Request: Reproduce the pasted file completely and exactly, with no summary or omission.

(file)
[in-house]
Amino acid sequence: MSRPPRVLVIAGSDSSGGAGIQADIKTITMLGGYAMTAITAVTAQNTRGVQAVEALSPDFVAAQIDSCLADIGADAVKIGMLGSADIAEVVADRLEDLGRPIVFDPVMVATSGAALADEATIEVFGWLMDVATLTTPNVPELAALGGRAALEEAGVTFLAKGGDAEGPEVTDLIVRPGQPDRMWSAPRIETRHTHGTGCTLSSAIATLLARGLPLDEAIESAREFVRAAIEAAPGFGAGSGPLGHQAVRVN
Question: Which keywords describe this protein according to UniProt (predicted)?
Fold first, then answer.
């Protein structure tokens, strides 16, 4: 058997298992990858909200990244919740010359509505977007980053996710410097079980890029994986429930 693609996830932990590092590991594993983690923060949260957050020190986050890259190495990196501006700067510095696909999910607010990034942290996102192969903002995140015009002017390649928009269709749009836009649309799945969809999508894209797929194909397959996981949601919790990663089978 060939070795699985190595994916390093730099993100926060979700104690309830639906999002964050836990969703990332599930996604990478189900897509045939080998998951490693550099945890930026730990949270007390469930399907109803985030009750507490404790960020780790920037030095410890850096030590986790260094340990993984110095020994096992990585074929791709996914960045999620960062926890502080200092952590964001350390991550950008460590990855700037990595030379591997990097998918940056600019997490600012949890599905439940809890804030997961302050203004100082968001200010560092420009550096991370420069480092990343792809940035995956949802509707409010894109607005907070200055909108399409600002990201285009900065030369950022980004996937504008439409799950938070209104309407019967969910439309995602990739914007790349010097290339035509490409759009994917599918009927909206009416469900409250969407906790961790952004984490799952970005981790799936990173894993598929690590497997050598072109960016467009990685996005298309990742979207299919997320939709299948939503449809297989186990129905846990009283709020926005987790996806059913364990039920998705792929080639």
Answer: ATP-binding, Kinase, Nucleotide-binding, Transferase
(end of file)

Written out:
[in-house]
Amino acid sequence: MSRPPRVLVIAGSDSSGGAGIQADIKTITMLGGYAMTAITAVTAQNTRGVQAVEALSPDFVAAQIDSCLADIGADAVKIGMLGSADIAEVVADRLEDLGRPIVFDPVMVATSGAALADEATIEVFGWLMDVATLTTPNVPELAALGGRAALEEAGVTFLAKGGDAEGPEVTDLIVRPGQPDRMWSAPRIETRHTHGTGCTLSSAIATLLARGLPLDEAIESAREFVRAAIEAAPGFGAGSGPLGHQAVRVN
Question: Which keywords describe this protein according to UniProt (predicted)?
Fold first, then answer.
């Protein structure tokens, strides 16, 4: 058997298992990858909200990244919740010359509505977007980053996710410097079980890029994986429930 693609996830932990590092590991594993983690923060949260957050020190986050890259190495990196501006700067510095696909999910607010990034942290996102192969903002995140015009002017390649928009269709749009836009649309799945969809999508894209797929194909397959996981949601919790990663089978 060939070795699985190595994916390093730099993100926060979700104690309830639906999002964050836990969703990332599930996604990478189900897509045939080998998951490693550099945890930026730990949270007390469930399907109803985030009750507490404790960020780790920037030095410890850096030590986790260094340990993984110095020994096992990585074929791709996914960045999620960062926890502080200092952590964001350390991550950008460590990855700037990595030379591997990097998918940056600019997490600012949890599905439940809890804030997961302050203004100082968001200010560092420009550096991370420069480092990343792809940035995956949802509707409010894109607005907070200055909108399409600002990201285009900065030369950022980004996937504008439409799950938070209104309407019967969910439309995602990739914007790349010097290339035509490409759009994917599918009927909206009416469900409250969407906790961790952004984490799952970005981790799936990173894993598929690590497997050598072109960016467009990685996005298309990742979207299919997320939709299948939503449809297989186990129905846990009283709020926005987790996806059913364990039920998705792929080639």
Answer: ATP-binding, Kinase, Nucleotide-binding, Transferase